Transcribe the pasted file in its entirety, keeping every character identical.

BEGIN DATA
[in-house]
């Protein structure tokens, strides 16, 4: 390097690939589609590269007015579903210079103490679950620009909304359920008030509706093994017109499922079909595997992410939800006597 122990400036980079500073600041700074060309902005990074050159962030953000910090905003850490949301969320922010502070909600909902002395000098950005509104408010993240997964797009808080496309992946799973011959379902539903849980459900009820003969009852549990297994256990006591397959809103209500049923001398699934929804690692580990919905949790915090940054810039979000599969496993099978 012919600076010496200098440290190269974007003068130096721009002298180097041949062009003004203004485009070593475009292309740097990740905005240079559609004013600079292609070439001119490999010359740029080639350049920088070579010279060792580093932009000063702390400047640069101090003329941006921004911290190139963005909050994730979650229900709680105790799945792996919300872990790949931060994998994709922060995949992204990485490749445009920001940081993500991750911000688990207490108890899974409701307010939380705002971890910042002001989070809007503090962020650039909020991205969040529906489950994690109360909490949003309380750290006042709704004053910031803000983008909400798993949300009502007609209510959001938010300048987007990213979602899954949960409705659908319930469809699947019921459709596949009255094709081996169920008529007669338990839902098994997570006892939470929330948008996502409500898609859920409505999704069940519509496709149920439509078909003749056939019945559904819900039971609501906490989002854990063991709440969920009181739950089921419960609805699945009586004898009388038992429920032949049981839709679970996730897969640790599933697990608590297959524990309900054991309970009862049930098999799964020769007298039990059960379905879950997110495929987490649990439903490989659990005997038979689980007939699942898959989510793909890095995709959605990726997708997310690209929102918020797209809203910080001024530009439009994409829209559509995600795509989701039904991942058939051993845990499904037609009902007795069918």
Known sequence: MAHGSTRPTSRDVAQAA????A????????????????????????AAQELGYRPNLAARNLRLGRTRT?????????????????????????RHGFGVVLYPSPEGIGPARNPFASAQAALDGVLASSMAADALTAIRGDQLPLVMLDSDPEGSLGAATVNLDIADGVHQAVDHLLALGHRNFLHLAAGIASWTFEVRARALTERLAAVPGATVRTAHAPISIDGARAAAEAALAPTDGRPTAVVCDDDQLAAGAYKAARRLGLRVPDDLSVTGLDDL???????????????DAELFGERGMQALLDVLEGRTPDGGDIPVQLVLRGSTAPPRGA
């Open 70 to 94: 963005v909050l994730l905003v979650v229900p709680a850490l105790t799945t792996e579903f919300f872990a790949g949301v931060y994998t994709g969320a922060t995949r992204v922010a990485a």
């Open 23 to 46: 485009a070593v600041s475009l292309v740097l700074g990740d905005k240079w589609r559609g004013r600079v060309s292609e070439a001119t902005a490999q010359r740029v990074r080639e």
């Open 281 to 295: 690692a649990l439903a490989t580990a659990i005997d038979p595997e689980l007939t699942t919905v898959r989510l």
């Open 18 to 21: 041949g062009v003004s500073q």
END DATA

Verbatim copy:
[in-house]
């Protein structure tokens, strides 16, 4: 390097690939589609590269007015579903210079103490679950620009909304359920008030509706093994017109499922079909595997992410939800006597 122990400036980079500073600041700074060309902005990074050159962030953000910090905003850490949301969320922010502070909600909902002395000098950005509104408010993240997964797009808080496309992946799973011959379902539903849980459900009820003969009852549990297994256990006591397959809103209500049923001398699934929804690692580990919905949790915090940054810039979000599969496993099978 012919600076010496200098440290190269974007003068130096721009002298180097041949062009003004203004485009070593475009292309740097990740905005240079559609004013600079292609070439001119490999010359740029080639350049920088070579010279060792580093932009000063702390400047640069101090003329941006921004911290190139963005909050994730979650229900709680105790799945792996919300872990790949931060994998994709922060995949992204990485490749445009920001940081993500991750911000688990207490108890899974409701307010939380705002971890910042002001989070809007503090962020650039909020991205969040529906489950994690109360909490949003309380750290006042709704004053910031803000983008909400798993949300009502007609209510959001938010300048987007990213979602899954949960409705659908319930469809699947019921459709596949009255094709081996169920008529007669338990839902098994997570006892939470929330948008996502409500898609859920409505999704069940519509496709149920439509078909003749056939019945559904819900039971609501906490989002854990063991709440969920009181739950089921419960609805699945009586004898009388038992429920032949049981839709679970996730897969640790599933697990608590297959524990309900054991309970009862049930098999799964020769007298039990059960379905879950997110495929987490649990439903490989659990005997038979689980007939699942898959989510793909890095995709959605990726997708997310690209929102918020797209809203910080001024530009439009994409829209559509995600795509989701039904991942058939051993845990499904037609009902007795069918």
Known sequence: MAHGSTRPTSRDVAQAA????A????????????????????????AAQELGYRPNLAARNLRLGRTRT?????????????????????????RHGFGVVLYPSPEGIGPARNPFASAQAALDGVLASSMAADALTAIRGDQLPLVMLDSDPEGSLGAATVNLDIADGVHQAVDHLLALGHRNFLHLAAGIASWTFEVRARALTERLAAVPGATVRTAHAPISIDGARAAAEAALAPTDGRPTAVVCDDDQLAAGAYKAARRLGLRVPDDLSVTGLDDL???????????????DAELFGERGMQALLDVLEGRTPDGGDIPVQLVLRGSTAPPRGA
């Open 70 to 94: 963005v909050l994730l905003v979650v229900p709680a850490l105790t799945t792996e579903f919300f872990a790949g949301v931060y994998t994709g969320a922060t995949r992204v922010a990485a």
């Open 23 to 46: 485009a070593v600041s475009l292309v740097l700074g990740d905005k240079w589609r559609g004013r600079v060309s292609e070439a001119t902005a490999q010359r740029v990074r080639e």
């Open 281 to 295: 690692a649990l439903a490989t580990a659990i005997d038979p595997e689980l007939t699942t919905v898959r989510l």
């Open 18 to 21: 041949g062009v003004s500073q």